Item repair is a feature that allows players to repair damaged tools, armor, or other items with durability by combining them in the grindstone or crafting grid[Bedrock and Legacy Console editions only][upcoming: JE 1.14.3].
Two items of the same type and material can be placed anywhere on the crafting grid[Bedrock and Legacy Console editions only][upcoming: JE 1.14.3] or grindstone, which will result in a single repaired item. The repaired item will have usage points equal to the sum of the old items' usage points plus a 'repair bonus' of 5% of the item's maximum uses, up to a limit of the maximum durability for that item. Repairing gives a slight benefit in conserving inventory space, as it combines two non-stackable objects into one.
The repaired object will never be enchanted, even if both items were to have the exact same enchantments. Hence, given the current random enchantment system, using a 'junk' item in a repair may sometimes be useful for removing an unwanted enchantment from an item prior to trying to enchant it again, however curse enchantment cannot be removed in grindstone. Tools made of different materials (for example, a wood and a stone pickaxe) cannot be combined.
Formula for uses restored
The formula for determining how many uses a repaired item will have restored to it in the crafting box, is as follows:
min( Item A uses + Item B uses + floor(Max uses / 20), Max uses)
'floor' means round down to the smaller integer, which rounds the (possibly fractional) 5% bonus. 'min(x,y)' means whichever of x or y is smallest, which effectively limits repairing result to "Max uses" (repair to 100%)
Example: Two stone axes have 10 and 45 uses. A newly crafted stone axe would have 132 uses.
- 10 + 45 + 132/20 = 55 + 6.6 = 61
Or, in terms of percentage (approximated):
- 7.5% + 34% + 5% = 46.5%
Thus, the greatest benefit is gained when the two items have a combined durability of at most approximately 95%. You can combine 47.5% + 47.5%, 94% + 1%, 10% + 10% or any other values that total 95% or less. The order in which items are combined does not matter; one sequence of repairs gives exactly the same durability as any other.
However, note in the example, repairing a stone tool restores a bonus of 6 durability, which is actually only 6/132 = 4.5%. The precise combined durability for efficient repairs is shown in the following table.
|Item||Actual bonus (%)||Actual bonus (uses)||Combined durability (%)||Combined durability (uses)|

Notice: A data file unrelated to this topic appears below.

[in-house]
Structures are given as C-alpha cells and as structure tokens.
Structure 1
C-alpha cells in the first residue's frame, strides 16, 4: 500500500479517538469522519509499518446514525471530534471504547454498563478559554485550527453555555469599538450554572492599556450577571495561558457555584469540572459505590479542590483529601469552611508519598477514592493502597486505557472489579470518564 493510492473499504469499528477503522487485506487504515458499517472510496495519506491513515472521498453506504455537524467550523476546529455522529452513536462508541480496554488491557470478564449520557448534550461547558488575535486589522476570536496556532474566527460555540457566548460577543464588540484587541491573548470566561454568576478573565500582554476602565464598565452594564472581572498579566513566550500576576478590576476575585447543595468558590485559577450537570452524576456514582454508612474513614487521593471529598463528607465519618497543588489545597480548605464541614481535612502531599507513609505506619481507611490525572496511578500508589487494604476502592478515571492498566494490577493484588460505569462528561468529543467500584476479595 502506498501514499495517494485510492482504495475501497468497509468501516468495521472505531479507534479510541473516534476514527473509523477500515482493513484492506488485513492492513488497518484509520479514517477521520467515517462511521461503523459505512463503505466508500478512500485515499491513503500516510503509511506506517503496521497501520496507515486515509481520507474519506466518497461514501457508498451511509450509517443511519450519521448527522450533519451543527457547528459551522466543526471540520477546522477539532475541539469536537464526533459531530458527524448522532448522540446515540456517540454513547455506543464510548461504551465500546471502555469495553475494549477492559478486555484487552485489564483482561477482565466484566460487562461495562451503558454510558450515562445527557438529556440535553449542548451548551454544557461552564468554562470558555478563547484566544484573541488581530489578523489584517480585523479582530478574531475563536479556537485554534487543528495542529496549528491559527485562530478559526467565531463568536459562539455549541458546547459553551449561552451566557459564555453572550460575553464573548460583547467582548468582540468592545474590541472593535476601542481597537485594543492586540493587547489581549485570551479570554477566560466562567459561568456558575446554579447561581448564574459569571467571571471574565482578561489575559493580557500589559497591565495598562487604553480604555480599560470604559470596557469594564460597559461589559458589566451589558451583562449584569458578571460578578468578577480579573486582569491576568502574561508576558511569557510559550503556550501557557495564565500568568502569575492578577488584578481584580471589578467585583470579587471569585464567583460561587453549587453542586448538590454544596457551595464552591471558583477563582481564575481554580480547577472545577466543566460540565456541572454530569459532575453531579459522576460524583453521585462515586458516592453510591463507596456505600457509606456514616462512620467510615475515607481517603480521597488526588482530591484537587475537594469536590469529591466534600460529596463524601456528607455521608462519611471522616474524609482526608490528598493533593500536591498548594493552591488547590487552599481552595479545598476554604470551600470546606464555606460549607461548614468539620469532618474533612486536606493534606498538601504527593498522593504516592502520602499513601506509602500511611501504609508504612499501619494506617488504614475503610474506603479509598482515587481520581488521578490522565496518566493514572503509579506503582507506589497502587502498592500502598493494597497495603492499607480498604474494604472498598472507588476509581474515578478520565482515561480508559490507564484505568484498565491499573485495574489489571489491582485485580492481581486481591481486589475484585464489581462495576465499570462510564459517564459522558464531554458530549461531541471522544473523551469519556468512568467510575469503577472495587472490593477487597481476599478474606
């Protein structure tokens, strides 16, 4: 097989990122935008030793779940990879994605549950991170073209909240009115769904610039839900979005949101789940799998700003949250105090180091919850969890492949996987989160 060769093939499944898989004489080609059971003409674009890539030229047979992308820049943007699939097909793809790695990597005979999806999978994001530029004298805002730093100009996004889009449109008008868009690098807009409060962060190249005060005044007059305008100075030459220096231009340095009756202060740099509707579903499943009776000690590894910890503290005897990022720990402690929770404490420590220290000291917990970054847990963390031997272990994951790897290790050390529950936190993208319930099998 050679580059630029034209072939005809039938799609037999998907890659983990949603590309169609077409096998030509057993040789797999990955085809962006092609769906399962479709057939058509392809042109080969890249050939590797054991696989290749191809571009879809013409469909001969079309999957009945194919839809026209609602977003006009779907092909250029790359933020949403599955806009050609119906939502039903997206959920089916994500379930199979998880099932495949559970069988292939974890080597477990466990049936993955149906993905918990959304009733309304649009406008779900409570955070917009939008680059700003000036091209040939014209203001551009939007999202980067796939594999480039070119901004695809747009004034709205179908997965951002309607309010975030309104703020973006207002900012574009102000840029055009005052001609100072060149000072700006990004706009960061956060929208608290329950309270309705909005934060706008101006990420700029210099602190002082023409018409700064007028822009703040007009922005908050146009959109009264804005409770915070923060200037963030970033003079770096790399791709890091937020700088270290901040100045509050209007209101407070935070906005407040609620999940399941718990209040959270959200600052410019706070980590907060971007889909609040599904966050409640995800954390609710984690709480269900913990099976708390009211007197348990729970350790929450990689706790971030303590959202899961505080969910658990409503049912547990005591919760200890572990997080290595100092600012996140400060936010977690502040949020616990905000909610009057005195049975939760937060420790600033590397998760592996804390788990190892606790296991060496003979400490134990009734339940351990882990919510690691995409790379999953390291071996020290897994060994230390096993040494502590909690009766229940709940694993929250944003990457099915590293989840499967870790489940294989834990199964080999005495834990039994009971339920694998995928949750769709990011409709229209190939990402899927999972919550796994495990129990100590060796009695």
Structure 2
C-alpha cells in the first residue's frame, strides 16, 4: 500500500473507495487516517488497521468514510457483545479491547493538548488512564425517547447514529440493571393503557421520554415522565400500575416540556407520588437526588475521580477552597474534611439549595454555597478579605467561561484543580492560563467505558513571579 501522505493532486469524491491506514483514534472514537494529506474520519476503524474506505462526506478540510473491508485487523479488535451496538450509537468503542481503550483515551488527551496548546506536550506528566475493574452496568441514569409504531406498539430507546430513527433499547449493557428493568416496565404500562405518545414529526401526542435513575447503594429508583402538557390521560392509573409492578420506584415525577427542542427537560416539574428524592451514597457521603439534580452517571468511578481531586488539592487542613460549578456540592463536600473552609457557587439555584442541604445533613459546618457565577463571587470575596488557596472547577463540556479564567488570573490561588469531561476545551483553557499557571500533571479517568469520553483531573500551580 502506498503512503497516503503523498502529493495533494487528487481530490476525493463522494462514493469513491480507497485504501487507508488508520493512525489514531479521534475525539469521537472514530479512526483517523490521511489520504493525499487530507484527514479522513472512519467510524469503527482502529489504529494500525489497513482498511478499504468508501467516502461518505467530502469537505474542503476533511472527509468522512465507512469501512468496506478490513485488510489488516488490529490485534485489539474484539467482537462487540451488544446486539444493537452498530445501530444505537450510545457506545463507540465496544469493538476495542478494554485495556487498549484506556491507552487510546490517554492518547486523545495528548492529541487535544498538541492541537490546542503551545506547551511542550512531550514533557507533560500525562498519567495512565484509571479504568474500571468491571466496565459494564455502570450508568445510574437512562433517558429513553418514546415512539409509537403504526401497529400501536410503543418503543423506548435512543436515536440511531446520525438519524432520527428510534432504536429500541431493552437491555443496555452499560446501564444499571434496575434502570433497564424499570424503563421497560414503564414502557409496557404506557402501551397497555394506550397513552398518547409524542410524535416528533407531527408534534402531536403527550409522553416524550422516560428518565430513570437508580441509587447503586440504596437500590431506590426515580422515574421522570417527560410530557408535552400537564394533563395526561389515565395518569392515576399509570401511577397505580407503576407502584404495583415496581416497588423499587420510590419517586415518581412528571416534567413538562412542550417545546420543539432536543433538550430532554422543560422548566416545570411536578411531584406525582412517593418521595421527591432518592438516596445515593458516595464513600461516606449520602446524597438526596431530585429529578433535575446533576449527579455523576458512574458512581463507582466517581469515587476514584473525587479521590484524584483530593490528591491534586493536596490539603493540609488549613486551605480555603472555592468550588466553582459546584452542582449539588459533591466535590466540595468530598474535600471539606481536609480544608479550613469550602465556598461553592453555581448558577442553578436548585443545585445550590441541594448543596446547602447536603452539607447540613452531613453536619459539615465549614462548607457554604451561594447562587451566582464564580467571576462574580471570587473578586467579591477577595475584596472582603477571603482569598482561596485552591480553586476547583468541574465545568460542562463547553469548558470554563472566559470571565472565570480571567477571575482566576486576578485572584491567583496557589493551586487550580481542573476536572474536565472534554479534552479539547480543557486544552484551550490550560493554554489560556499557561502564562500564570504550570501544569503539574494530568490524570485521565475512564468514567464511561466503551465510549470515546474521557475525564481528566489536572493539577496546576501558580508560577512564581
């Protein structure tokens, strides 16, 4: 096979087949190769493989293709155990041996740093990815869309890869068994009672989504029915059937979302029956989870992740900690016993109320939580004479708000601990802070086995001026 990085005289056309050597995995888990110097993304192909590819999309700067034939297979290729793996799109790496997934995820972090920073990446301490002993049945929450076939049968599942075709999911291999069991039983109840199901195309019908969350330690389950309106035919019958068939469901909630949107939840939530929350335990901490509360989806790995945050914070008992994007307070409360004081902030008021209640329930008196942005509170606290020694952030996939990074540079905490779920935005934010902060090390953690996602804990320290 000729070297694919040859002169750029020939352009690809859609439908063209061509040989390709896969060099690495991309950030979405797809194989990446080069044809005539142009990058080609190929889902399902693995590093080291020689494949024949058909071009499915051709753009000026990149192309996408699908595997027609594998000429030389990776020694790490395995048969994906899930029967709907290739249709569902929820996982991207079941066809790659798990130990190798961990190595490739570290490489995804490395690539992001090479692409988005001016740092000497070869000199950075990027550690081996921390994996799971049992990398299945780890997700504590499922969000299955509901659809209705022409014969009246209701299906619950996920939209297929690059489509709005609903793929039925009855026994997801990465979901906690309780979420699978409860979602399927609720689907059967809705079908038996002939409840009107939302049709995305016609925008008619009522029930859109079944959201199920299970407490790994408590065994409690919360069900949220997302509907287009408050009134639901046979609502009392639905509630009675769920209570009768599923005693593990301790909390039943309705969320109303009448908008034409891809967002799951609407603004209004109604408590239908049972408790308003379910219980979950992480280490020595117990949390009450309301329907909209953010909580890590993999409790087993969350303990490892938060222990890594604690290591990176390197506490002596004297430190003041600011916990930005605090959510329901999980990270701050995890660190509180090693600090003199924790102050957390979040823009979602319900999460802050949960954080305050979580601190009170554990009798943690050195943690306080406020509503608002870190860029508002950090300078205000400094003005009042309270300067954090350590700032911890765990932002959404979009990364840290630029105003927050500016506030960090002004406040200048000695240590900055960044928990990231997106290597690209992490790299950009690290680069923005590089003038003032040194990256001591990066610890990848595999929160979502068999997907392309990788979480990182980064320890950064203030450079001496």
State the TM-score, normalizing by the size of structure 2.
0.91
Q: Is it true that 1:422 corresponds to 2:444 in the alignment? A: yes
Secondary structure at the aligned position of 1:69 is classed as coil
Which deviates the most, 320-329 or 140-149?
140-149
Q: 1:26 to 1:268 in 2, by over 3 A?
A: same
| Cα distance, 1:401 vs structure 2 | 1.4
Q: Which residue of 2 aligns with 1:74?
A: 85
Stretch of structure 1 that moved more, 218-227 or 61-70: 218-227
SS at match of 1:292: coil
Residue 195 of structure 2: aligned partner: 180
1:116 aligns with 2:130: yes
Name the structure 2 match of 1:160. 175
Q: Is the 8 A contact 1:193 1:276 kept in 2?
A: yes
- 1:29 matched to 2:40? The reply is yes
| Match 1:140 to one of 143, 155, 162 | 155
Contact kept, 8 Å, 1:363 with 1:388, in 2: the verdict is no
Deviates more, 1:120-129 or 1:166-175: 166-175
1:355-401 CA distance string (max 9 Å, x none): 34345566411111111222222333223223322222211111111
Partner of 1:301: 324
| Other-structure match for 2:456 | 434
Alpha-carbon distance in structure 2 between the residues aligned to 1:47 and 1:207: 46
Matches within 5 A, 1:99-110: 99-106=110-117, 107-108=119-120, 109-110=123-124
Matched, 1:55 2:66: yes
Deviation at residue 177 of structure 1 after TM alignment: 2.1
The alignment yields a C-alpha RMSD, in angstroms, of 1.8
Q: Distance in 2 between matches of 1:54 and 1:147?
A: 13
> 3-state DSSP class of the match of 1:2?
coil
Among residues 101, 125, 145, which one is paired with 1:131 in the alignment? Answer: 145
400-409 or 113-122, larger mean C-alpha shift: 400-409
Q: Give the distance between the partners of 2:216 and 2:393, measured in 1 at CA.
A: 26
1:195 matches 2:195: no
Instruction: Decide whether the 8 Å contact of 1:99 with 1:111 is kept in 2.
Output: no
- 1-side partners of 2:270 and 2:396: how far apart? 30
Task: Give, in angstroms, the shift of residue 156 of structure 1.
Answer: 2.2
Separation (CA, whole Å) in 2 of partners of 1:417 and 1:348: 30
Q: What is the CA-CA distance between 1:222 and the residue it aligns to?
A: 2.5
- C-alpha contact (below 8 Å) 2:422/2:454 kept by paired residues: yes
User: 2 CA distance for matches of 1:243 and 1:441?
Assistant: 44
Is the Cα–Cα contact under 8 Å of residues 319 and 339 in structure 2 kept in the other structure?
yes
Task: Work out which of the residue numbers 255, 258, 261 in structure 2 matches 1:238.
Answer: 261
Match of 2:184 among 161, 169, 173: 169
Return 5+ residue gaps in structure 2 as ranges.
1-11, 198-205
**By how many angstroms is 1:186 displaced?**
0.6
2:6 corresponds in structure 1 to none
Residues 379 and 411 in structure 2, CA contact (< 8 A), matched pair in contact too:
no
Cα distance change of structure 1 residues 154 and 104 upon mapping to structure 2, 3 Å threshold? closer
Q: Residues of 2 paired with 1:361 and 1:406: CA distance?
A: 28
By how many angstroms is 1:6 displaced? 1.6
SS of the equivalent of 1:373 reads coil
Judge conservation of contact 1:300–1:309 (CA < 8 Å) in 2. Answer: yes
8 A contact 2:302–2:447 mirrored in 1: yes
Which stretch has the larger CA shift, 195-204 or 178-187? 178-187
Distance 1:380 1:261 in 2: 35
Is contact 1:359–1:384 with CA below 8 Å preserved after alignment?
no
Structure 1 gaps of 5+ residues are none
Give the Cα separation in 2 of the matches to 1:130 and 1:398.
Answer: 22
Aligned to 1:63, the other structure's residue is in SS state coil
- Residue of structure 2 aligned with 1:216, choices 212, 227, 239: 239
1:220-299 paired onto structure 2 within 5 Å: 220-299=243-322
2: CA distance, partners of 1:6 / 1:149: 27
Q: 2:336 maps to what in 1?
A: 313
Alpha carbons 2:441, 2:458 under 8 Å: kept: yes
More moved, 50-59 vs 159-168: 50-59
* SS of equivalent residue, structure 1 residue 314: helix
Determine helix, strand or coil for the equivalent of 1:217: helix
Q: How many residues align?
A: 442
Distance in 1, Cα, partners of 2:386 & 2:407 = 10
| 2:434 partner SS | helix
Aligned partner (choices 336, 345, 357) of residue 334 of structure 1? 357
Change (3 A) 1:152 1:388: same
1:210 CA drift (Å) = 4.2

|Carrot on a stick||3.8%||1||96.2%||25|
|Flint and steel||4.6%||3||95.4%||62|
A good strategy is to wear down two items until both have less than 95% combined durability remaining, but are not so damaged that you risk accidentally breaking them. Put each item in a crafting slot, and check whether the resulting repaired item still has a damage bar. If it does, you can be sure of gaining the full 5% repair bonus for combining those two items, and if it does not, you will lose some of the repair bonus. (A 'perfect' repair is theoretically possible, but unlikely in practice.)
Note that combining items whose combined durability is more than 100% actually wastes more resources than simply using tools until they break.
The precise combined durability for efficient repairs for all types of armor is shown in the following table.
|Armor piece||Actual bonus (%)||Actual bonus (uses)||Combined durability (%)||Combined durability (uses)|
An anvil can also repair items in two different ways. This will cost experience levels, but unlike the grindstone, the anvil will preserve or even enhance the target's enchantments. The anvil can combine the enchantments on two similar items, or rename any item (not just the ones it can repair). The costs are complex, so only a summary is given here.
The first repair mode is similar to repairing in the crafting box, in that you combine two items of the same basic type, a "target" and a "sacrifice". The anvil's second repair mode applies only to those tools whose material is in their default name, such as an iron sword or leather helmet. That material is then used to repair the item. For example, to repair an iron sword, place the damaged sword and one or more iron ingots in the anvil.
|1.0.0||September 27, 2011||Notch teased that the upcoming prerelease would have item repairing via crafting table, and that he had discarded the idea of a dedicated "repair table".|
|Beta 1.9 Prerelease 3||Added the capability to repair items.|
|1.4.2||?||Bonus for (traditional) item repairing is reduced to 5%. Prior this update, this bonus was 10% of the max durability.|
|12w41a||Added the anvil. The original item repair system is unchanged.|
|1.14||18w48a||Item repair is now done with the grindstone.|
|Upcoming Java Edition|
|1.14.3||Pre-Release 3||Item repair can now be done with the crafting grid again in addition to the grindstone.|
|Pocket Edition Alpha|
|0.12.1||build 1||Added the capability to repair items and added the anvil.|
|1.0.0||alpha 0.17.0.1||Added the capability to repair items in crafting grid and crafting table using classic ui.|
|1.11.0||beta 22.214.171.124||Items can now be repaired in grindstone.|
|Legacy Console Edition|
|TU7||CU1||1.0||Patch 1||Added the capability to repair items.|
|TU15||1.05||Changed repairing tools in the inventory to only allow tools that are not enchanted (since you’d lose the enchantment). Note that this is different to the Java Edition, where repairing enchanted tools in the inventory is possible and will result in the loss of the enchantment.|
- Working on an anvil doesn’t remove enchantments to items but they can be removed by repairing on a crafting grid and grindstone.
A series of screenshots showing the new item repair interface.
- "@CymonsGames If item 1 has 10 uses left, and item 2 has 10 uses left, you'll end up with something like 25 uses in the final product." – @notch, September 27, 2011